Pedestrian thermal comfort is a quantitative and qualitative measure of how comfortable the average pedestrian is when walking, sitting, or standing in an outdoors environment. Factors that influence outdoor thermal comfort can be grouped in environment-based and human-based ones. Quantifying the compound influence of each factor is a great challenge, tackled with numerous approaches. This research aims at summarizing multi-disciplinary efforts to determine pedestrian thermal comfort in outdoors environments. The case study of Milano is analyzed at multiple scales, using the Urban Multi-scale Environmental Predictor (UMEP) tool to compute the Physiological Equivalent Temperature (PET). The PET index is first used to analyze comfort levels at the city scale for four average days in 2019, representing the four seasons. Then, it is analyzed against pedestrian footfall data to research the relation between pedestrians’ behavior under multiple heat conditions. Outlined methodologies aim at developing practices to increasingly integrate thermal comfort sensing into urban modeling and planning.
Walkability is a measure of the extent to which the built environment encourages people to walk (Wang & Yang, 2019). The level of walkability in cities is of increasing importance in urban planning, as it is strictly linked to physical and mental health of citizens and balanced development of urban areas (Yue et al., 2022). Together with spatial factors, pedestrian walking behavior, expressed as attendance of outdoor spaces, walking rates, and walking speeds, is also associated with multiple perceived components, such as the level of crowding, noise, and climate. According to Savvides (2016), a rise in air temperature by 10°C causes a rise in the percentage of people who choose to walk in the shade by 15%-20%. Furthermore, walking in the sun is considered on average 16% longer as compared to the same distance in the shade (Balakrishnan, 2014). Single climatic factors affecting outdoor pedestrian movements and willingness to walk, such as air temperature and shade, can be summarized by indices representing pedestrian thermal comfort levels.
Pedestrian thermal comfort is a quantitative and qualitative measure of how comfortable the average pedestrian is when walking, sitting, or standing in an outdoors environment. Factors that influence outdoor thermal comfort (OTC) can be grouped in environment-based and human-based ones (Aghamolaei et al., 2022). At the environment level, these include physical factors (e.g., geometry, materials, natural elements, etc.) and meteorological/ climate factors (e.g., radiant temperature, wind speed, humidity, etc.). At the human level, these include social factors (e.g., cultural, and economic aspects, etc.) and individual ones. These can be grouped further in psychological (e.g., available choice, thermal history, etc.) and physiological factors (e.g., metabolism rate, clothing rate, age, gender, etc.). Quantifying the compound influence of each factor is a great challenge, tackled with numerous approaches.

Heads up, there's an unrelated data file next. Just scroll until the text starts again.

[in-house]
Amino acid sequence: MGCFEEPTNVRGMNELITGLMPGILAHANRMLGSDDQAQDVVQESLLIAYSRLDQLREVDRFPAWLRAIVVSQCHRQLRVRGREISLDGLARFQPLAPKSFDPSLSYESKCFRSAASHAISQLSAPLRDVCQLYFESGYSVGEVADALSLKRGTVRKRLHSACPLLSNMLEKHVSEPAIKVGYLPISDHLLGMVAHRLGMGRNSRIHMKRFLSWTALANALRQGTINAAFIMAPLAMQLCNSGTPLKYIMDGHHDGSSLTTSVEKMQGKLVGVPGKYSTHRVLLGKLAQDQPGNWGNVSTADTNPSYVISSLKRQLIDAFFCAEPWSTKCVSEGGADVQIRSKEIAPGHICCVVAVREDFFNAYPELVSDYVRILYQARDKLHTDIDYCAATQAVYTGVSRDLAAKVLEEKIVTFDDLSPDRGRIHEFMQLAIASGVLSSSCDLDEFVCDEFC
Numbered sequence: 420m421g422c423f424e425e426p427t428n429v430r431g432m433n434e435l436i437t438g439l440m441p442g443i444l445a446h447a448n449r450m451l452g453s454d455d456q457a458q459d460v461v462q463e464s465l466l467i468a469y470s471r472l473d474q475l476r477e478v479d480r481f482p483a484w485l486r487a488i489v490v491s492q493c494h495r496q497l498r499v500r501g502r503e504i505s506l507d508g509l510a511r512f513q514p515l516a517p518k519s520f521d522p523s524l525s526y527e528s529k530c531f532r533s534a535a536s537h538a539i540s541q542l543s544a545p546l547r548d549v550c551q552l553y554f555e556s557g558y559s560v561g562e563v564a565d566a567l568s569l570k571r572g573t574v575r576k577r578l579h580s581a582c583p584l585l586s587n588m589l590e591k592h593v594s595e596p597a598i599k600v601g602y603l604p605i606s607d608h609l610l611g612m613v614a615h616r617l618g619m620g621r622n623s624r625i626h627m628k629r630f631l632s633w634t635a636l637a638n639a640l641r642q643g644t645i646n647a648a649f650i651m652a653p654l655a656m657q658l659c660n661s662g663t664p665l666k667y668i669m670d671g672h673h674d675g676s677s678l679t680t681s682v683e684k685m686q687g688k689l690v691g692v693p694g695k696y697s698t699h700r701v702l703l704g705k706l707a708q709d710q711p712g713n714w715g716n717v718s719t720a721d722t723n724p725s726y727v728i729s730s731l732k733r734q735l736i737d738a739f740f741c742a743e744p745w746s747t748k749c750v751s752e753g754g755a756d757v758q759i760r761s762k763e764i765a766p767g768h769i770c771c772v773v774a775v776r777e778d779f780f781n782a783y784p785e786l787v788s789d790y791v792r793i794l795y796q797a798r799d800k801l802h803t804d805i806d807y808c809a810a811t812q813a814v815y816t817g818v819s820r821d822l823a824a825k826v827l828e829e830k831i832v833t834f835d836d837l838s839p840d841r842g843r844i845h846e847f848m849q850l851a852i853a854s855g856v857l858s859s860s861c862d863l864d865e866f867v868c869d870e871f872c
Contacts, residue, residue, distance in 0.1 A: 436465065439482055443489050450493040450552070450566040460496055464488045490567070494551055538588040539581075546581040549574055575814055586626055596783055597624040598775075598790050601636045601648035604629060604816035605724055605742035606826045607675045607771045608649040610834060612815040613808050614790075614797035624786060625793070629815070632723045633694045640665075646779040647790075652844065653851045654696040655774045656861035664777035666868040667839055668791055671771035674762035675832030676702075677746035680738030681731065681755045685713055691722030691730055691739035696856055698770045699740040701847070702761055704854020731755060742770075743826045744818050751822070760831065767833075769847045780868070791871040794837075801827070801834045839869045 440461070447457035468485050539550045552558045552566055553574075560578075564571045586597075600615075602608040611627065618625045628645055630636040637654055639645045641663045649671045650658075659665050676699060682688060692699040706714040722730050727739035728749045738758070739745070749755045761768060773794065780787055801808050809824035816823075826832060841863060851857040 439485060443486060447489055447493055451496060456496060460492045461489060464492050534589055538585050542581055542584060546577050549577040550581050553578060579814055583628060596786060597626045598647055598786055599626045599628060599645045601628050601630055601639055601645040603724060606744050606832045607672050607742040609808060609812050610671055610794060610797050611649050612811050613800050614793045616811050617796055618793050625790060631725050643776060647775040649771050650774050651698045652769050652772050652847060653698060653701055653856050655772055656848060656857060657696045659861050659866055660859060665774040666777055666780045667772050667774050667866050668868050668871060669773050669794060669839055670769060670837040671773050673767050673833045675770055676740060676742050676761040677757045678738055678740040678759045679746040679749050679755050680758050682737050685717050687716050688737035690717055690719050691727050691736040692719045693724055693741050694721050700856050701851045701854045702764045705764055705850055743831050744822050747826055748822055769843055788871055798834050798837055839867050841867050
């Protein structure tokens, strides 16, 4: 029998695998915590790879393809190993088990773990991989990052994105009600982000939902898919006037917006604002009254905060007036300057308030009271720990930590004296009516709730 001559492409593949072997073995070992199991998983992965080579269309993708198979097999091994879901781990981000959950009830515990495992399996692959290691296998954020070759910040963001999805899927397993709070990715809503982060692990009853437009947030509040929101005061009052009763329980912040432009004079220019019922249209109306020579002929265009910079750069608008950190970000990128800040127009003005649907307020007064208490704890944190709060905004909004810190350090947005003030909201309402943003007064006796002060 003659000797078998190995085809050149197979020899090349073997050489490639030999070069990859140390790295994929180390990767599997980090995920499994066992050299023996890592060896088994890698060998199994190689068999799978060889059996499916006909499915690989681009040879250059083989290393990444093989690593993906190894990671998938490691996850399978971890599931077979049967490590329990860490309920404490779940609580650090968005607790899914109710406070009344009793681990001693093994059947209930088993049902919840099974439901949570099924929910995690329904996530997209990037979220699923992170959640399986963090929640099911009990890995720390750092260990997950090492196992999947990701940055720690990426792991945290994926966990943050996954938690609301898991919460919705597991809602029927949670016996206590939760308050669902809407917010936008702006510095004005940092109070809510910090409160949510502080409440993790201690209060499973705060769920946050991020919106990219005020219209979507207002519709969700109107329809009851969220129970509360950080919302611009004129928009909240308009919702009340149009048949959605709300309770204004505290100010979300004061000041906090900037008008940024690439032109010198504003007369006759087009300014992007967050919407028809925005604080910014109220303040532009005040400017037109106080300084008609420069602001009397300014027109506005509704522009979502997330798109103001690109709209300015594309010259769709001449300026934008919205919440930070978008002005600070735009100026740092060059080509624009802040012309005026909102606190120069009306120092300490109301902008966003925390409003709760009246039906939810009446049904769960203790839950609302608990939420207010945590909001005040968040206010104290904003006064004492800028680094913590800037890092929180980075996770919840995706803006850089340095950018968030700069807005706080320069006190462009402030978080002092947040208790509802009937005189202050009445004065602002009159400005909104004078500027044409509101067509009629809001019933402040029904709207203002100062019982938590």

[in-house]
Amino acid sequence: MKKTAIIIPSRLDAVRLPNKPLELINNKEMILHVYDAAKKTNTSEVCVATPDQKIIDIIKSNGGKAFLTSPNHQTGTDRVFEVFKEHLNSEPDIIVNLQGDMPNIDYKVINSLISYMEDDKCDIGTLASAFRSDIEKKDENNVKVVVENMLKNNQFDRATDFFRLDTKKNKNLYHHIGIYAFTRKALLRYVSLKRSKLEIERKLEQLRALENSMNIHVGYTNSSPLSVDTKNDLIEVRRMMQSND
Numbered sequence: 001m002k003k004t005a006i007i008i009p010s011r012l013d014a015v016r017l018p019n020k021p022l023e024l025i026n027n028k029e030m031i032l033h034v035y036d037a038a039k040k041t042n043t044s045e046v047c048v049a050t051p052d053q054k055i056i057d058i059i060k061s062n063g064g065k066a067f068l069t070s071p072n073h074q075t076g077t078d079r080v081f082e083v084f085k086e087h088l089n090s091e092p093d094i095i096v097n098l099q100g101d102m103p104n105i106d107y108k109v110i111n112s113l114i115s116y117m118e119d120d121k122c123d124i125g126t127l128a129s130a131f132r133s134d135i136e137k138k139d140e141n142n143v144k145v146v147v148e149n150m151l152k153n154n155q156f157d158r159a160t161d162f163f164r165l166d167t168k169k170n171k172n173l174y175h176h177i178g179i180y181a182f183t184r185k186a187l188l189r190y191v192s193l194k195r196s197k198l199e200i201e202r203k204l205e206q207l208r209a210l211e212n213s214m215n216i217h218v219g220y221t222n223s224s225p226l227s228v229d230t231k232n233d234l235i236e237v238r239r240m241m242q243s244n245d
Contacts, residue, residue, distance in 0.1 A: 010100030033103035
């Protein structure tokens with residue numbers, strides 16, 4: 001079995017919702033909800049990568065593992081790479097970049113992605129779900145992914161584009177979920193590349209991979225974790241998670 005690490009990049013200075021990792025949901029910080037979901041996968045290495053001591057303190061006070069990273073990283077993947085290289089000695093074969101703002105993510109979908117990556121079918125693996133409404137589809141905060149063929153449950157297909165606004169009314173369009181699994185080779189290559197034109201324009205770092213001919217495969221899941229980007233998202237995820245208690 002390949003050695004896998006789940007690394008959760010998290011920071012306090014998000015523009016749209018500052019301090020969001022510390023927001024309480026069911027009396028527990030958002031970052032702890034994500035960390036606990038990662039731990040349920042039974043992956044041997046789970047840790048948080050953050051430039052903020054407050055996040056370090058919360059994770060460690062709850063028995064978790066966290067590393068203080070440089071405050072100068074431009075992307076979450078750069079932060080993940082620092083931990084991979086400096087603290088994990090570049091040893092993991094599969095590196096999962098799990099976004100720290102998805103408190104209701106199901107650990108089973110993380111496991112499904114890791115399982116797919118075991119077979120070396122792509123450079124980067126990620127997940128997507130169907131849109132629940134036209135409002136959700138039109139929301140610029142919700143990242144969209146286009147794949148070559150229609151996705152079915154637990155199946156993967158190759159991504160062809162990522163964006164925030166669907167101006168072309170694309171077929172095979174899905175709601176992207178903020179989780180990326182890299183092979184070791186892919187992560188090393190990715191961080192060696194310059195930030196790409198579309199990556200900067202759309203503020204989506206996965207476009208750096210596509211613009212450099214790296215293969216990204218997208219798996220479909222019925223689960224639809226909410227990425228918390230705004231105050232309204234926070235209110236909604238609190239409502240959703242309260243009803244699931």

In steady-state models, thermal comfort is treated as the direct result of a set of parameter inputs related to environmental stimuli and physiological responses of the body to them. It is assumed that people react to thermal conditions the same way throughout their journey. The Physiological Equivalent Temperature (PET) index, derived from the human heat balance model, combines weather and thermo-physiological parameters (clothing and human activities). It is used to measure the thermal comfort of an individual in given situations by comparing average physiological responses to those expected in the reference environment (Höppe, 1999).
In this context, this research focuses on evaluating Physiological Equivalent Temperature (PET) levels in Milano (Italy). The first goal is to quantify how comfortable the city is to walk in for four days in 2019, presenting average climate conditions for each season, to obtain an understanding of which actions are needed to assist the improvement of streets’ thermal comfort and walkability levels (Koetse, 2009). Urban morphology is one of the main factors influencing microclimate conditions; for example, the amount of direct radiation received on the street is determined by the street width, while street orientation affects the time of the day when the radiation is received. Thus, urban planning and design actions can help to mitigate the impact of uncomfortable climate conditions. (CLEAr, 2023). The second goal is to perform fine grained analyses with the aim to correlate PET levels with registered pedestrian volumes, targeting specific actions in micro environments. In particular, the case study of Corso Buenos Aires in Milano (Italy) is chosen to determine how video analytics could be used to collect evidence on how pedestrian behavior is affectedunder multiple heat conditions.
Enabling Data and Methodology
Enabling Data and Tools
Throughout this research, multiple climate variables were studied to derive overall trends in Milano in 2019. Analyzed meteorological data include:
- Solar data
- 2-meter temperature (°C): it represents the air temperature measured at a height of 2 meters above the ground surface.
- Surface solar radiation: it refers to the amount of solar energy that reaches the Earth’s surface from the Sun.
- Total sky direct solar radiation at surface: it determines the amount of energy available for heating and cooling the human body.
- Precipitation data
- 2 meter relative humidity (%): it refers to the amount of moisture present in the air compared to the maximum amount possible at a specific temperature.
- Total precipitation (mm): this is a meteorological variable that represents the amount of precipitation that falls over a specific area during a specified period.
- Total cloud cover (%): it refers to the extent or percentage of the sky that is covered by clouds.
- Wind data
- Wind speed (m/s): it affects how heat is transferred from the human body through convection.
- Wind direction: it affects the exposure of individuals to different environmental conditions.
Physiological Equivalent Temperature Data and Tools